The television talk show phenomenon took hold in the 1990s particularly in Western countries, but it has its precedents in earlier radio broadcasting. The talk show broadly refers to a style of unscripted discussion that privileges audience participation. The label has been used to describe a range of formats from celebrity interviews, conversations between elite peers, round table discussions, to talk between “ordinary people,” usually in a studio audience. It gained wider media attention and notoriety through participants’ engagement in rowdy and even violent behavior. The talk show has opened up an arena for “ordinary people” to speak in public, which has spurred a broad range of evaluations. More public-issue shows have been credited with providing a forum where formal institutions meet the public, leading some to describe them as “infotainment” or “democratainment”; other shows have emphasized spectacle and conflict and have been labeled “trashy” or “freak shows.” (https://www.oxfordbibliographies.com/view/document/obo-9780199791286/obo-9780199791286-0181.xml )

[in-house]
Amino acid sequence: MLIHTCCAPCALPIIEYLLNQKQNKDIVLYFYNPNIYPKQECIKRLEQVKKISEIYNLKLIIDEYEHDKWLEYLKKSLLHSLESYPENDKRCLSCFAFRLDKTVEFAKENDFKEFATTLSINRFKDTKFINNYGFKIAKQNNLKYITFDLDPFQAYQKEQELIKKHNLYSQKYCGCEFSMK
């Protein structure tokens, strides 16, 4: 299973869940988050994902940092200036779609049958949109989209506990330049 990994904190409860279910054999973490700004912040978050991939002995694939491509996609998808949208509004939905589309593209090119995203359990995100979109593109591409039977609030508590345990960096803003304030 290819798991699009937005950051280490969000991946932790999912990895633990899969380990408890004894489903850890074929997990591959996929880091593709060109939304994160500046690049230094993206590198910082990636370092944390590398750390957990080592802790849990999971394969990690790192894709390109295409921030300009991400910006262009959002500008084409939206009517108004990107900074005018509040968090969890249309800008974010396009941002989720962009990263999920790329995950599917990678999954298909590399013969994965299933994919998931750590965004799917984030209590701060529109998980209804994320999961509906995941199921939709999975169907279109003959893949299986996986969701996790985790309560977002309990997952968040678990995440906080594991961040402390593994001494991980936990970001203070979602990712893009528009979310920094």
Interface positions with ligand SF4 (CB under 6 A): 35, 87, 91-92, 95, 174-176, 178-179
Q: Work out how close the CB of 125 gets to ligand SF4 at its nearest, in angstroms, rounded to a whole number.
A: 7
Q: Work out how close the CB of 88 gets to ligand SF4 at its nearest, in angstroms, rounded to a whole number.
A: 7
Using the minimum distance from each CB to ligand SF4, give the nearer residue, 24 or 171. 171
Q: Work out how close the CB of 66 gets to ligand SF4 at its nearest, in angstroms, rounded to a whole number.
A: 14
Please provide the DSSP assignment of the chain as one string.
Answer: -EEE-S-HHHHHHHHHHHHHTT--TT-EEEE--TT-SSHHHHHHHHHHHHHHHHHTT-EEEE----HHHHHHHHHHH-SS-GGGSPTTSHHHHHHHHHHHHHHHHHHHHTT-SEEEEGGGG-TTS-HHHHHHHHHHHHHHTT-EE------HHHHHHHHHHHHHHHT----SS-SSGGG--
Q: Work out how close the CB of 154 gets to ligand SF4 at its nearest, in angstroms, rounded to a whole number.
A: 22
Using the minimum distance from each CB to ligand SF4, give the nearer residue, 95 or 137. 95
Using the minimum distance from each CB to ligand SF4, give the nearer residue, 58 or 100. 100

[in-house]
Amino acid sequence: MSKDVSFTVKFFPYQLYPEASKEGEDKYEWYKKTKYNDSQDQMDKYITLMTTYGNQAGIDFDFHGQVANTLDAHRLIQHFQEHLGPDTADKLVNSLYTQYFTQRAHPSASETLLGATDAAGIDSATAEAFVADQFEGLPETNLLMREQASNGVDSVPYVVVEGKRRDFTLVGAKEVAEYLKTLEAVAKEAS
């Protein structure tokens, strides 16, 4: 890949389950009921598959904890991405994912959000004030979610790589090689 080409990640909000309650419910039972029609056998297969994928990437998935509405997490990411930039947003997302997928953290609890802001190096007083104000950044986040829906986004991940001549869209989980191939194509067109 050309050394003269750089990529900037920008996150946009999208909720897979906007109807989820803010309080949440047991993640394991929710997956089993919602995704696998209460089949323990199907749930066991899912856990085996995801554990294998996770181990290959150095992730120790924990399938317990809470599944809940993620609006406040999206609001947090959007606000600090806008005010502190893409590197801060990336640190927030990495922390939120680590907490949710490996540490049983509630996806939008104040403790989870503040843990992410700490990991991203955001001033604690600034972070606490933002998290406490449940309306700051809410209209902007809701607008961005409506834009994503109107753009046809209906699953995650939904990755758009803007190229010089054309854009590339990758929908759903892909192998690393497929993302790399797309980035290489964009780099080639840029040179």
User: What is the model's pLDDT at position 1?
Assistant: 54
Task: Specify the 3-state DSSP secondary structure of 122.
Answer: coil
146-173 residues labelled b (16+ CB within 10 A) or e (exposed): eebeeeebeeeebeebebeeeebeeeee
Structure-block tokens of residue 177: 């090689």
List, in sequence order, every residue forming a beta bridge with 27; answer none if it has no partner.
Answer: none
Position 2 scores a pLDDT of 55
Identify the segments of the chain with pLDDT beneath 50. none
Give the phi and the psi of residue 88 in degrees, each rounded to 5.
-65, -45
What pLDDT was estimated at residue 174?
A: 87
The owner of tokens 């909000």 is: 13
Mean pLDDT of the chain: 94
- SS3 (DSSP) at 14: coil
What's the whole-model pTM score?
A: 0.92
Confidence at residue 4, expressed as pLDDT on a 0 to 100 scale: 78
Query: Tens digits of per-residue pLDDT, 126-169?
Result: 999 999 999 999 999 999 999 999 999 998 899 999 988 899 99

Late Night with Conan O'Brien
Total Request Live (TRL)
The 1990s is considered as the age of alternative media. Up until this point, television was the main mass medium with three major networks – ABC, CBS and NBC – offering very limited selections of programs. But by the 1990s, the continuing expansion of cable and satellite TV meant more channels and more choices for programming. By the end of the decade, about 65 million households had a cable subscription service. In addition, several new broadcast networks had also come into play.